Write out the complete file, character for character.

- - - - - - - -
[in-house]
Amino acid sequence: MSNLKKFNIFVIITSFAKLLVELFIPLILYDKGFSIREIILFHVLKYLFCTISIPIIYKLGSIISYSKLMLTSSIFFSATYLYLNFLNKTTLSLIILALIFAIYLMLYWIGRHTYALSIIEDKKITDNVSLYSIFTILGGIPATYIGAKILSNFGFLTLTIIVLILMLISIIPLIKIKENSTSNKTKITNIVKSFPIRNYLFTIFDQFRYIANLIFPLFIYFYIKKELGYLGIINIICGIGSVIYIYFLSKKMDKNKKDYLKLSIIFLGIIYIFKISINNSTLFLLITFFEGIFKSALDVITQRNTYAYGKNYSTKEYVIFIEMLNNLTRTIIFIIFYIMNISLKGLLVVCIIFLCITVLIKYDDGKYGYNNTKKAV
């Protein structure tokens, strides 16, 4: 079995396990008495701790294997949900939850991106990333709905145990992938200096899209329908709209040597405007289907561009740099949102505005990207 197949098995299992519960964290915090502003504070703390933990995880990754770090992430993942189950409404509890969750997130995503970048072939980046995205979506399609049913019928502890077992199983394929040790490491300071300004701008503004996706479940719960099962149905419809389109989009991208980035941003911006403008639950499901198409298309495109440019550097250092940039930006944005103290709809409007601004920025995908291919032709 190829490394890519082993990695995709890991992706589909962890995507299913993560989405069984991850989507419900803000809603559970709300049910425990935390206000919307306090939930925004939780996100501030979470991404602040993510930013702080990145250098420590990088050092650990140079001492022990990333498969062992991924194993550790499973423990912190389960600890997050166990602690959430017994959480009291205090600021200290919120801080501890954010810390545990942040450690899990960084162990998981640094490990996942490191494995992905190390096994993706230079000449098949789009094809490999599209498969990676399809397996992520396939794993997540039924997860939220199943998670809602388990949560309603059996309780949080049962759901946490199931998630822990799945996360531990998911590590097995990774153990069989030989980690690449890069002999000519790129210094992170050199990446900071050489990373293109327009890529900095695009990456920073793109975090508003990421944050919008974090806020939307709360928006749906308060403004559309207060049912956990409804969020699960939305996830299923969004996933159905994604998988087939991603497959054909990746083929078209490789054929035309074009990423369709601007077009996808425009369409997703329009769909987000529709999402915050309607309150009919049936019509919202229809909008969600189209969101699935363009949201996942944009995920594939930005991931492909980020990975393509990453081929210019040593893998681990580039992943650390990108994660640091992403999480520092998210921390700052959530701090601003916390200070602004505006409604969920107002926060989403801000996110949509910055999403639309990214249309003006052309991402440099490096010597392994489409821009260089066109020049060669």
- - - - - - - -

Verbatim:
[in-house]
Amino acid sequence: MSNLKKFNIFVIITSFAKLLVELFIPLILYDKGFSIREIILFHVLKYLFCTISIPIIYKLGSIISYSKLMLTSSIFFSATYLYLNFLNKTTLSLIILALIFAIYLMLYWIGRHTYALSIIEDKKITDNVSLYSIFTILGGIPATYIGAKILSNFGFLTLTIIVLILMLISIIPLIKIKENSTSNKTKITNIVKSFPIRNYLFTIFDQFRYIANLIFPLFIYFYIKKELGYLGIINIICGIGSVIYIYFLSKKMDKNKKDYLKLSIIFLGIIYIFKISINNSTLFLLITFFEGIFKSALDVITQRNTYAYGKNYSTKEYVIFIEMLNNLTRTIIFIIFYIMNISLKGLLVVCIIFLCITVLIKYDDGKYGYNNTKKAV
């Protein structure tokens, strides 16, 4: 079995396990008495701790294997949900939850991106990333709905145990992938200096899209329908709209040597405007289907561009740099949102505005990207 197949098995299992519960964290915090502003504070703390933990995880990754770090992430993942189950409404509890969750997130995503970048072939980046995205979506399609049913019928502890077992199983394929040790490491300071300004701008503004996706479940719960099962149905419809389109989009991208980035941003911006403008639950499901198409298309495109440019550097250092940039930006944005103290709809409007601004920025995908291919032709 190829490394890519082993990695995709890991992706589909962890995507299913993560989405069984991850989507419900803000809603559970709300049910425990935390206000919307306090939930925004939780996100501030979470991404602040993510930013702080990145250098420590990088050092650990140079001492022990990333498969062992991924194993550790499973423990912190389960600890997050166990602690959430017994959480009291205090600021200290919120801080501890954010810390545990942040450690899990960084162990998981640094490990996942490191494995992905190390096994993706230079000449098949789009094809490999599209498969990676399809397996992520396939794993997540039924997860939220199943998670809602388990949560309603059996309780949080049962759901946490199931998630822990799945996360531990998911590590097995990774153990069989030989980690690449890069002999000519790129210094992170050199990446900071050489990373293109327009890529900095695009990456920073793109975090508003990421944050919008974090806020939307709360928006749906308060403004559309207060049912956990409804969020699960939305996830299923969004996933159905994604998988087939991603497959054909990746083929078209490789054929035309074009990423369709601007077009996808425009369409997703329009769909987000529709999402915050309607309150009919049936019509919202229809909008969600189209969101699935363009949201996942944009995920594939930005991931492909980020990975393509990453081929210019040593893998681990580039992943650390990108994660640091992403999480520092998210921390700052959530701090601003916390200070602004505006409604969920107002926060989403801000996110949509910055999403639309990214249309003006052309991402440099490096010597392994489409821009260089066109020049060669």